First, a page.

Public health organizations around the world have been fighting for the global eradication of polio since 1988. Through massive vaccination efforts, the incidence of polio has gone down 99 percent since then, with the virus eradicated from most of the countries on Earth.
But there have been many setbacks.
One particularly serious threat has surfaced over the last 15 years. Among poorly vaccinated populations, an increasing number of polio cases are due to strains of the virus that originated from one version of the vaccine itself. The Sabin vaccine, which is taken orally, is composed of live but weakened viruses that won’t sicken recipients but will still create lasting immunity against polio.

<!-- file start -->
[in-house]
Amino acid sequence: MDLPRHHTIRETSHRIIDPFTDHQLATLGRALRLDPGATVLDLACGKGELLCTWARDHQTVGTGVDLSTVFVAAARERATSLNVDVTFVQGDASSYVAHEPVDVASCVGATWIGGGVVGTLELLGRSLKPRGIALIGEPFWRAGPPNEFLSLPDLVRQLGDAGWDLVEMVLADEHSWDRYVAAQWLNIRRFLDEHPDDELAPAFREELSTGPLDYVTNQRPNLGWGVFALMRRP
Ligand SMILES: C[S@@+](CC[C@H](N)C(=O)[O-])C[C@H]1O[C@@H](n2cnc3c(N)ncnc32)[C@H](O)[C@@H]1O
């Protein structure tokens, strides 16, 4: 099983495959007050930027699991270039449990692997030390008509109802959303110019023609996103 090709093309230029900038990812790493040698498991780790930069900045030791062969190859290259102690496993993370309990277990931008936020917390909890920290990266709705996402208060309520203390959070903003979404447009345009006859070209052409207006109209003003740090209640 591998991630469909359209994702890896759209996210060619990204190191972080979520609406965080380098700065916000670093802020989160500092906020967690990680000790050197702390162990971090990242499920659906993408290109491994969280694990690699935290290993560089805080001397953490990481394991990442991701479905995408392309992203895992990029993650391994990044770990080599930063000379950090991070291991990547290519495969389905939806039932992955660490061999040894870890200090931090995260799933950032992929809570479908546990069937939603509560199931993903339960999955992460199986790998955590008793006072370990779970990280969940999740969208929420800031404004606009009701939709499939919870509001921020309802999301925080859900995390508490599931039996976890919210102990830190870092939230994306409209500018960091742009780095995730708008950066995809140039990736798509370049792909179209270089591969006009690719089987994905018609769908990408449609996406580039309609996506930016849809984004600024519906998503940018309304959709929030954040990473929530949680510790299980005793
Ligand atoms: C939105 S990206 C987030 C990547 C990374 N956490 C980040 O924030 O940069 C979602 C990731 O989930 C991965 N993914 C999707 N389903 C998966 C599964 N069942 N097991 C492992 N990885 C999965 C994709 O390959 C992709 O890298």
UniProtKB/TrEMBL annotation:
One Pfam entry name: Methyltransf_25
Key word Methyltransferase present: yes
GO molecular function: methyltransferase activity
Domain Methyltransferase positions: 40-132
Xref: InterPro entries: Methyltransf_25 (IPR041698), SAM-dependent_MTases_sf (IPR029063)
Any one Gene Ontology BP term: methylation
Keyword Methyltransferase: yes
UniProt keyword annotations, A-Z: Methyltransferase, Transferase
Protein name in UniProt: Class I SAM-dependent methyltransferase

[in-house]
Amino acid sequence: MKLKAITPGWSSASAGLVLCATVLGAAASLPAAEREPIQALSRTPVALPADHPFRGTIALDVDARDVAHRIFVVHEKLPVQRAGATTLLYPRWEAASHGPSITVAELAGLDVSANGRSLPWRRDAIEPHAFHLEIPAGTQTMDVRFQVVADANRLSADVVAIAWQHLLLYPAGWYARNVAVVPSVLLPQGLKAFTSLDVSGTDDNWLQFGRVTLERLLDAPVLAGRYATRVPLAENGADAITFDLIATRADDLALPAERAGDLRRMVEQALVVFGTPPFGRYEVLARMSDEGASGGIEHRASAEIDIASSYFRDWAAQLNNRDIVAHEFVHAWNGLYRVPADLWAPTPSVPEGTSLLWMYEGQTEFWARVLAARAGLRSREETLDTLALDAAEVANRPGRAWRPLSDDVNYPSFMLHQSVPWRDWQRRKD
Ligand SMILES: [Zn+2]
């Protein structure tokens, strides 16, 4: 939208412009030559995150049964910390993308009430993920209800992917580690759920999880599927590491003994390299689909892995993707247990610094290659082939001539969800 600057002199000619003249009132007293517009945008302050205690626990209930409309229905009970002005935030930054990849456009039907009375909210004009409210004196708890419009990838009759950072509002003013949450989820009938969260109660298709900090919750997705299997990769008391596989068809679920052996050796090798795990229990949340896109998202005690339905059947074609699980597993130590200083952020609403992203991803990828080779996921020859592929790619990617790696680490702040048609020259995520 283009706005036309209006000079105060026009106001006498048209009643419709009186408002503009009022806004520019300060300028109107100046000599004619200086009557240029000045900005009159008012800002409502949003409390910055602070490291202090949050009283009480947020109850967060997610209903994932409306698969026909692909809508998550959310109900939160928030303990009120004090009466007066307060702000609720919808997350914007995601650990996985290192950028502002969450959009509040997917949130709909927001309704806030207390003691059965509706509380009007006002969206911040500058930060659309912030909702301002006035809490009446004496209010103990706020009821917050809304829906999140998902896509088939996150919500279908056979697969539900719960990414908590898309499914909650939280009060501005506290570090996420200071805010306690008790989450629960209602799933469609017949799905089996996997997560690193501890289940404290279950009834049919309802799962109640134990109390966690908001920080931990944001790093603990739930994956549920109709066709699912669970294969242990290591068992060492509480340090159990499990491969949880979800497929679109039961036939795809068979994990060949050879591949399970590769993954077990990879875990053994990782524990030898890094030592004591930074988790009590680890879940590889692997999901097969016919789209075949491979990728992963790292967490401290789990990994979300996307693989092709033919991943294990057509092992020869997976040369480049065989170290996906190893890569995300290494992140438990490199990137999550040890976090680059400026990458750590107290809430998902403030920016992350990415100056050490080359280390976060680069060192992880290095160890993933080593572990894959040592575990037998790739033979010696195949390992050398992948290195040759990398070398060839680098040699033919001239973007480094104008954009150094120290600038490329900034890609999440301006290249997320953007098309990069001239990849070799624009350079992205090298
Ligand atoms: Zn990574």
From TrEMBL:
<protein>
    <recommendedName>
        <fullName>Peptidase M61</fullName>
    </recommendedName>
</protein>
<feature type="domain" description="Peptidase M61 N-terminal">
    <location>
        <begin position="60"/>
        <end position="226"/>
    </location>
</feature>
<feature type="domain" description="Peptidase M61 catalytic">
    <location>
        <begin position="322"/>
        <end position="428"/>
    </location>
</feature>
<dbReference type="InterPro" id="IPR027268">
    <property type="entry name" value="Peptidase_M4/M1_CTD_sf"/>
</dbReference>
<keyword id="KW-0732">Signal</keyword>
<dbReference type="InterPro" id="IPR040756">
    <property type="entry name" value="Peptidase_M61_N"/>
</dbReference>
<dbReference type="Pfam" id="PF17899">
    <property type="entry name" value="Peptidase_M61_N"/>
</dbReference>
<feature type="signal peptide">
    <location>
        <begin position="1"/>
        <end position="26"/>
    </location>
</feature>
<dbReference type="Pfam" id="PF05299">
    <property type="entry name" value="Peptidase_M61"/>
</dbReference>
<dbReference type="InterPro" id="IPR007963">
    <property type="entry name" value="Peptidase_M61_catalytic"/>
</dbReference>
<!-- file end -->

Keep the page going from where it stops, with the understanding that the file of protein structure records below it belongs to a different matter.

However, through genetic changes, the weakened vaccine virus can reacquire the ability to cause paralytic polio. How this happens and how to prevent it are under active research. A new vaccine deliberately constructed to prevent the poliovirus from regaining virulence may be the answer.
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